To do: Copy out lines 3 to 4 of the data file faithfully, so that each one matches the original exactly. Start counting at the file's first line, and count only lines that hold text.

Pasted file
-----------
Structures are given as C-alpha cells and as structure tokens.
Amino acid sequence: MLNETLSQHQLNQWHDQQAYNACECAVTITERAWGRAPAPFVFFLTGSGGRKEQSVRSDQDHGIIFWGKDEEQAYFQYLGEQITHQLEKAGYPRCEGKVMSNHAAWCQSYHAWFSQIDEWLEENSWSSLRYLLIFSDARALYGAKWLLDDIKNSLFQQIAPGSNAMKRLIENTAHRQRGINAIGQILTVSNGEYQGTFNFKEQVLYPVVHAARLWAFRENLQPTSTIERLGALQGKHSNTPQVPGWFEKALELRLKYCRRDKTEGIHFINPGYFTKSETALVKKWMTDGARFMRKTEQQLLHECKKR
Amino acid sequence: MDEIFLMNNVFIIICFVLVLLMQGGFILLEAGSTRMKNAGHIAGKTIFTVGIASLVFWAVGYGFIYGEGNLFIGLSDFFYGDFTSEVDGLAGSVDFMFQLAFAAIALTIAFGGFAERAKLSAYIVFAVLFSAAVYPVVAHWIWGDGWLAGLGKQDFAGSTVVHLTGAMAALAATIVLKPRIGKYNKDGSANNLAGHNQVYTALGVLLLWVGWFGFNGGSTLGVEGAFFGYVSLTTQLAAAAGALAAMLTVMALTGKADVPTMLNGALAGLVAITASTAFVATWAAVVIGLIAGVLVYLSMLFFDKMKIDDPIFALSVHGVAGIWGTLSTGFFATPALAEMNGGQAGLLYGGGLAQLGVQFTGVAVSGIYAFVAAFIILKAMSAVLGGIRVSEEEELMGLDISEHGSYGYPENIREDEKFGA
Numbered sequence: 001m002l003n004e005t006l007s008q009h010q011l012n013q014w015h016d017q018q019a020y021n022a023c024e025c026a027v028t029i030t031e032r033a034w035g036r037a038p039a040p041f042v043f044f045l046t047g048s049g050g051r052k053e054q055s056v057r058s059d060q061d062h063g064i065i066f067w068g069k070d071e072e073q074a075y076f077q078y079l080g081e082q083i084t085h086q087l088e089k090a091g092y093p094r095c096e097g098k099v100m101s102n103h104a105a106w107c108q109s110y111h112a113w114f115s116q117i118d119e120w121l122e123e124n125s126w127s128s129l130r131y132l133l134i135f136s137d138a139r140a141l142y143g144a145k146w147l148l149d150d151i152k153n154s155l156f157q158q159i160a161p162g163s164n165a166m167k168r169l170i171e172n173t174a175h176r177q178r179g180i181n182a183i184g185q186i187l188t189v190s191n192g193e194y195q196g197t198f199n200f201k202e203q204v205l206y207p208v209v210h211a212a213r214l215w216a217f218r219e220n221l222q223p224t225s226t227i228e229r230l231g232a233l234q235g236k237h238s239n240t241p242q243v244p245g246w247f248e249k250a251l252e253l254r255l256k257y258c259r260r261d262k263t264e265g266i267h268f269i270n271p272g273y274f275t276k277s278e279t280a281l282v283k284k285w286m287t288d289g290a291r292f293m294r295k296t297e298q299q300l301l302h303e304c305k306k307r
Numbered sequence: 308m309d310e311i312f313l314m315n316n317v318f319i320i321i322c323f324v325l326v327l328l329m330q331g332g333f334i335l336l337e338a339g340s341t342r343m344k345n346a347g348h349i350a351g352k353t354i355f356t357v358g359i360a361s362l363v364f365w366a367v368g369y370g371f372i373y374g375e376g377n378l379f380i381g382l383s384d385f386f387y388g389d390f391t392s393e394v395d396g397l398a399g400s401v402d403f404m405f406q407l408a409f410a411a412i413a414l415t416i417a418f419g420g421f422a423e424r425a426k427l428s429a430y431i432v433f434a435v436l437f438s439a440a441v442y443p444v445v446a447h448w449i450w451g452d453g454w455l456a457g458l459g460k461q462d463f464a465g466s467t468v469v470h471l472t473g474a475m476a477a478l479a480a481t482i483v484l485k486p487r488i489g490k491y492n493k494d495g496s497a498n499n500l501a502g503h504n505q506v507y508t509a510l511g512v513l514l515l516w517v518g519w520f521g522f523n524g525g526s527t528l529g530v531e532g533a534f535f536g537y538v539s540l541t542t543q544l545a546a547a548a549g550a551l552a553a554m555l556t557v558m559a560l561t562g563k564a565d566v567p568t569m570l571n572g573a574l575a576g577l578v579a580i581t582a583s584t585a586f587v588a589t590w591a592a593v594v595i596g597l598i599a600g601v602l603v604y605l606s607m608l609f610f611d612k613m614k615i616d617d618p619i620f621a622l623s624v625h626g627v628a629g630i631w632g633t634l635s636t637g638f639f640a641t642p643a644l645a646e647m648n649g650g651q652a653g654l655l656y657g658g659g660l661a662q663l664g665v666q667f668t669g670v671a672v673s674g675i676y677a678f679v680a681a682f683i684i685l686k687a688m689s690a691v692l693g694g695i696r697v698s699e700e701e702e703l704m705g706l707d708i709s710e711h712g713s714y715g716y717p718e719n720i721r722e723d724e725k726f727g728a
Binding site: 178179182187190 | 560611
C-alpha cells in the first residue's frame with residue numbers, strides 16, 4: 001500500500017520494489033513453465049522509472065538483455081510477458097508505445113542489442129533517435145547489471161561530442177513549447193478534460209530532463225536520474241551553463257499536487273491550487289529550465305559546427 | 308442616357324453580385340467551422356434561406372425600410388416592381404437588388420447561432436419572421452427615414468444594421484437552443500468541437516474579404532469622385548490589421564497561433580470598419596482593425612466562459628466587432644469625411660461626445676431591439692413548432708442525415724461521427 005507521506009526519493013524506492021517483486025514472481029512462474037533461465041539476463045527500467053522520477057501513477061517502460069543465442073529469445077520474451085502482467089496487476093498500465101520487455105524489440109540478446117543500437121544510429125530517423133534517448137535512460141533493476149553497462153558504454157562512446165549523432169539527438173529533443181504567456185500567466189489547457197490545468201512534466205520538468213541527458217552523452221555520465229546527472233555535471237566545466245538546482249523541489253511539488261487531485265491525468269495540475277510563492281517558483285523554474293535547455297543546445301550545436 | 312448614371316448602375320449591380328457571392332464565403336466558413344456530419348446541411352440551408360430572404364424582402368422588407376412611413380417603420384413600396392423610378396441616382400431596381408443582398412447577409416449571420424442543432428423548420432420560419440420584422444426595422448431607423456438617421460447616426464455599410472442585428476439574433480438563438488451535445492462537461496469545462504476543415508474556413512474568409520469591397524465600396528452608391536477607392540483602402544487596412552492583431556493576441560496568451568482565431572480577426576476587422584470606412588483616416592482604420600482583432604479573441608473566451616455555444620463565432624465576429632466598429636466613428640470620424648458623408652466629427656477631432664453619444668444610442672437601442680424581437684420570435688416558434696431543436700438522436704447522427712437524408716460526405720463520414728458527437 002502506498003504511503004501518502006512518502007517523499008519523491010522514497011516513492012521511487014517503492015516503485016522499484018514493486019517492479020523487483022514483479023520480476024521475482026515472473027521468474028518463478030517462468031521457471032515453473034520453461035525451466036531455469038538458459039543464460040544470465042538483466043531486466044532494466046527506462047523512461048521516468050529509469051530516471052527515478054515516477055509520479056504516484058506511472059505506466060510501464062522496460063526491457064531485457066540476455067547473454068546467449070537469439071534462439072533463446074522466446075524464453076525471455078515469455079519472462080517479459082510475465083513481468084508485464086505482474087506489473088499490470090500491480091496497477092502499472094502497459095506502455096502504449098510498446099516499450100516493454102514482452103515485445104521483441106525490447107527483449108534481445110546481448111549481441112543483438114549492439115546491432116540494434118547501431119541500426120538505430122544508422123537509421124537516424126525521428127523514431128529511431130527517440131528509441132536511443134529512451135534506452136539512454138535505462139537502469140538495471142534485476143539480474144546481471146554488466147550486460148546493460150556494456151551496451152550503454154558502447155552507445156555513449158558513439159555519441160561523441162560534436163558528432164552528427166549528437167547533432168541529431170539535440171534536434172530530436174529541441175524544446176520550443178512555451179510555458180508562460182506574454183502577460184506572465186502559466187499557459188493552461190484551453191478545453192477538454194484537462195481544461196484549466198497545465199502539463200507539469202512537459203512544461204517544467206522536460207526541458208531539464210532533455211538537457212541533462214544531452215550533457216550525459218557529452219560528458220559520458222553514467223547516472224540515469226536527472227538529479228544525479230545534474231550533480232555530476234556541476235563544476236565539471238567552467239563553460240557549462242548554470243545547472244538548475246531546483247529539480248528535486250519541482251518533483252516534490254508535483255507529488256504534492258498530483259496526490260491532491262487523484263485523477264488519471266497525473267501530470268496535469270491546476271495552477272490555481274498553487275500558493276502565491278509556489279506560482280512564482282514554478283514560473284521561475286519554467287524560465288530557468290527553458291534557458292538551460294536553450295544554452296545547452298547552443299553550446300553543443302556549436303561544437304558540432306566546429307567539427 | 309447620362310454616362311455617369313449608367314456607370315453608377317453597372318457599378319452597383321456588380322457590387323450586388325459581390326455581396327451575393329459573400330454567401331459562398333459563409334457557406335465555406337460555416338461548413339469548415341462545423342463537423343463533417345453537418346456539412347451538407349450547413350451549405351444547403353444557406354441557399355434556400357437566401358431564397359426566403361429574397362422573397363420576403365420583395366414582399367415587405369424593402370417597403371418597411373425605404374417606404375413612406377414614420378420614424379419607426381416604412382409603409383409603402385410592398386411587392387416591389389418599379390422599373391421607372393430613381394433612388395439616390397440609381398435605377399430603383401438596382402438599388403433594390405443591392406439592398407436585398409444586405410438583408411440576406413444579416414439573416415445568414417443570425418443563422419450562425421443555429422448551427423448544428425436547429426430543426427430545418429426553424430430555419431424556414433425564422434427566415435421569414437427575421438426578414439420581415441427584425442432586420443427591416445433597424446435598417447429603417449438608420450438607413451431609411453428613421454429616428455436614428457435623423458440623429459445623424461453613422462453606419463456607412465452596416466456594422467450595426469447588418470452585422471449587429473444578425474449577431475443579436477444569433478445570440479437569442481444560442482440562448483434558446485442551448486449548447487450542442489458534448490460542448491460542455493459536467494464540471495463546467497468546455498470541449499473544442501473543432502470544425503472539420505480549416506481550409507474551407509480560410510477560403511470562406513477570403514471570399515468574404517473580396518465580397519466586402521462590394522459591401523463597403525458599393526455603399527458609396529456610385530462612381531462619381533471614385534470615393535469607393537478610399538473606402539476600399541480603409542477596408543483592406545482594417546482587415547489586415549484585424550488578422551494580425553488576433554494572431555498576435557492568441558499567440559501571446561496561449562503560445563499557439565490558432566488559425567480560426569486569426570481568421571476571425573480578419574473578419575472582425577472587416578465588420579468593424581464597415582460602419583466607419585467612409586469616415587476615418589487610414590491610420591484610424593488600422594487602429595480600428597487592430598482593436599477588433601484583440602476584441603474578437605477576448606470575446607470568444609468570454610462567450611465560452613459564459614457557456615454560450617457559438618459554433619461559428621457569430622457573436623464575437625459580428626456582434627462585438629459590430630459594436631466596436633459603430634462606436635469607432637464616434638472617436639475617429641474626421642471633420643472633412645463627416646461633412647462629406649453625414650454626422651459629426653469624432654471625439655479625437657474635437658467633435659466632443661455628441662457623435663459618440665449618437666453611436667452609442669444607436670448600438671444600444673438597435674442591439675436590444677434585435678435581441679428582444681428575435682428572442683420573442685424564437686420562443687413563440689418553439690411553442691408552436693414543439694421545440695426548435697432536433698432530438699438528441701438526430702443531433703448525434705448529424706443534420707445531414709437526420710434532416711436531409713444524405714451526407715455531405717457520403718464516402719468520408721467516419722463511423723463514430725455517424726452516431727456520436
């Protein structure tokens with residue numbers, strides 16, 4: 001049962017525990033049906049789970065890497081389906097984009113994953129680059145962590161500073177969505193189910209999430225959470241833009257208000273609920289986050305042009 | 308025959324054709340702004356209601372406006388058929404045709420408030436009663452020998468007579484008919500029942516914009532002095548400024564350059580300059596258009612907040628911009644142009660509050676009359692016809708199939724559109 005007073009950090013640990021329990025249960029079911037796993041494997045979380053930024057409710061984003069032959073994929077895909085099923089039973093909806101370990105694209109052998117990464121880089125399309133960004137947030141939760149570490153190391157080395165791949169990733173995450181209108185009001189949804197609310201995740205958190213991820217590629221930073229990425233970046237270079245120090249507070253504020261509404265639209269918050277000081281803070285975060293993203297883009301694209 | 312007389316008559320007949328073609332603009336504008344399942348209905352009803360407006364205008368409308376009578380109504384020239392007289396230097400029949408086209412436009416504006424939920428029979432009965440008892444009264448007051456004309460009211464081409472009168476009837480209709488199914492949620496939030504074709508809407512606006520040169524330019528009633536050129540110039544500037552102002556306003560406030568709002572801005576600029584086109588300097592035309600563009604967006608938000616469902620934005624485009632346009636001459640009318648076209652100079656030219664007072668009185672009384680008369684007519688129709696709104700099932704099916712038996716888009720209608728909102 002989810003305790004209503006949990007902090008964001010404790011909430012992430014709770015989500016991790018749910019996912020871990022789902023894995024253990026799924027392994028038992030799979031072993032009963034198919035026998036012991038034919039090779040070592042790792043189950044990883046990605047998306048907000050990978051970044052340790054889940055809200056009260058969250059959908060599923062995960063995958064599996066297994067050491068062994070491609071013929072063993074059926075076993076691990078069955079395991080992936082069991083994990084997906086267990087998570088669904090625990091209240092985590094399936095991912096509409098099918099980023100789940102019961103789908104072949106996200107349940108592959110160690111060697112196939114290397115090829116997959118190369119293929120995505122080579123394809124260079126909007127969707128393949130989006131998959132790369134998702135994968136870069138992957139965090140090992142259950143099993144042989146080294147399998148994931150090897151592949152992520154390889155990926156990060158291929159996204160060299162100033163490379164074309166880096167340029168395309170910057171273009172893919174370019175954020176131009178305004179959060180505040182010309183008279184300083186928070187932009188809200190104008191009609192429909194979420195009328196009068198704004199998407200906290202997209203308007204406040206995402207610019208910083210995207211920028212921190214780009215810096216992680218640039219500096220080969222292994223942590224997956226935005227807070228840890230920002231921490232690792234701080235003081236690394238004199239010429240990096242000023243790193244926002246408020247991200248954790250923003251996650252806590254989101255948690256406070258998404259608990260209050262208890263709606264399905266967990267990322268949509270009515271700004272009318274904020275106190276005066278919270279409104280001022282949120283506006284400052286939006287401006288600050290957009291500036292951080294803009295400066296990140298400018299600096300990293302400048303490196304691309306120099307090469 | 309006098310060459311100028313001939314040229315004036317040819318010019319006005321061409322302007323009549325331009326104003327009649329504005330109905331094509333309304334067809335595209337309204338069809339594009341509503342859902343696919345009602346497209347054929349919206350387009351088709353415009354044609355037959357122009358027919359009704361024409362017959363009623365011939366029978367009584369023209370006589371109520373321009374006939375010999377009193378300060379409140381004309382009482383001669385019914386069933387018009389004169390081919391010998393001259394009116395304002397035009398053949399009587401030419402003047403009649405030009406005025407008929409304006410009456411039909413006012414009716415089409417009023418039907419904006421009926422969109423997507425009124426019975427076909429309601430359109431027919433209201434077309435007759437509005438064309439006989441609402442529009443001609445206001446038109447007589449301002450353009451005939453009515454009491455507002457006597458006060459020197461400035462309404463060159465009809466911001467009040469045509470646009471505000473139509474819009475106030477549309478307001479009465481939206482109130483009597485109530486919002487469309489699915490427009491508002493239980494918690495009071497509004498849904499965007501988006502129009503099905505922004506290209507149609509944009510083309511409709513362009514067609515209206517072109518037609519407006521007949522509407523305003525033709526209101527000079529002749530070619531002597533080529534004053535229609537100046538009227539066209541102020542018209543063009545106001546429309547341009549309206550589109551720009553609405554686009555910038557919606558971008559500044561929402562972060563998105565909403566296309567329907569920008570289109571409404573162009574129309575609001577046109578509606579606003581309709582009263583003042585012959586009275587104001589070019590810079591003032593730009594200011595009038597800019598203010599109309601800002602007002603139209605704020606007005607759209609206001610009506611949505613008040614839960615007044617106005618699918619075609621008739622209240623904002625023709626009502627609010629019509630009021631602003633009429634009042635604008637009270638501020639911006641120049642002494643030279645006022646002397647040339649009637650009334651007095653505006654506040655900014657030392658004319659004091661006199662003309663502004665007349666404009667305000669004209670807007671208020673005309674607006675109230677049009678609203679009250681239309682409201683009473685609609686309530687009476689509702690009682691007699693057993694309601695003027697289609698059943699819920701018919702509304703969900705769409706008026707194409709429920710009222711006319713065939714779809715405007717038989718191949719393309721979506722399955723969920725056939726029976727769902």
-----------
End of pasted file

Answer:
Amino acid sequence: MDEIFLMNNVFIIICFVLVLLMQGGFILLEAGSTRMKNAGHIAGKTIFTVGIASLVFWAVGYGFIYGEGNLFIGLSDFFYGDFTSEVDGLAGSVDFMFQLAFAAIALTIAFGGFAERAKLSAYIVFAVLFSAAVYPVVAHWIWGDGWLAGLGKQDFAGSTVVHLTGAMAALAATIVLKPRIGKYNKDGSANNLAGHNQVYTALGVLLLWVGWFGFNGGSTLGVEGAFFGYVSLTTQLAAAAGALAAMLTVMALTGKADVPTMLNGALAGLVAITASTAFVATWAAVVIGLIAGVLVYLSMLFFDKMKIDDPIFALSVHGVAGIWGTLSTGFFATPALAEMNGGQAGLLYGGGLAQLGVQFTGVAVSGIYAFVAAFIILKAMSAVLGGIRVSEEEELMGLDISEHGSYGYPENIREDEKFGA
Numbered sequence: 001m002l003n004e005t006l007s008q009h010q011l012n013q014w015h016d017q018q019a020y021n022a023c024e025c026a027v028t029i030t031e032r033a034w035g036r037a038p039a040p041f042v043f044f045l046t047g048s049g050g051r052k053e054q055s056v057r058s059d060q061d062h063g064i065i066f067w068g069k070d071e072e073q074a075y076f077q078y079l080g081e082q083i084t085h086q087l088e089k090a091g092y093p094r095c096e097g098k099v100m101s102n103h104a105a106w107c108q109s110y111h112a113w114f115s116q117i118d119e120w121l122e123e124n125s126w127s128s129l130r131y132l133l134i135f136s137d138a139r140a141l142y143g144a145k146w147l148l149d150d151i152k153n154s155l156f157q158q159i160a161p162g163s164n165a166m167k168r169l170i171e172n173t174a175h176r177q178r179g180i181n182a183i184g185q186i187l188t189v190s191n192g193e194y195q196g197t198f199n200f201k202e203q204v205l206y207p208v209v210h211a212a213r214l215w216a217f218r219e220n221l222q223p224t225s226t227i228e229r230l231g232a233l234q235g236k237h238s239n240t241p242q243v244p245g246w247f248e249k250a251l252e253l254r255l256k257y258c259r260r261d262k263t264e265g266i267h268f269i270n271p272g273y274f275t276k277s278e279t280a281l282v283k284k285w286m287t288d289g290a291r292f293m294r295k296t297e298q299q300l301l302h303e304c305k306k307r